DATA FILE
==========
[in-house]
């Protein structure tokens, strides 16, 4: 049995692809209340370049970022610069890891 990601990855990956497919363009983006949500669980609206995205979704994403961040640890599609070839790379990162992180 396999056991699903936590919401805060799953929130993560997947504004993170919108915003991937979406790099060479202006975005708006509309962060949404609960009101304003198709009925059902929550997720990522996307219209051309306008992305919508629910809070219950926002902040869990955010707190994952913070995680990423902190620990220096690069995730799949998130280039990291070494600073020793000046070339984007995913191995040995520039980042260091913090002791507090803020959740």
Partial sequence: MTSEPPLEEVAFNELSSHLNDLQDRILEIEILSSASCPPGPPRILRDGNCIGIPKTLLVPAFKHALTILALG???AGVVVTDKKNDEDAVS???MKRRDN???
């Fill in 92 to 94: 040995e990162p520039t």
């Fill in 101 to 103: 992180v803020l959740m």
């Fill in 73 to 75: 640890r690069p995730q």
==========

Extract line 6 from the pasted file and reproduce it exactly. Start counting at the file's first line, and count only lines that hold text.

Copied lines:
């Fill in 73 to 75: 640890r690069p995730q």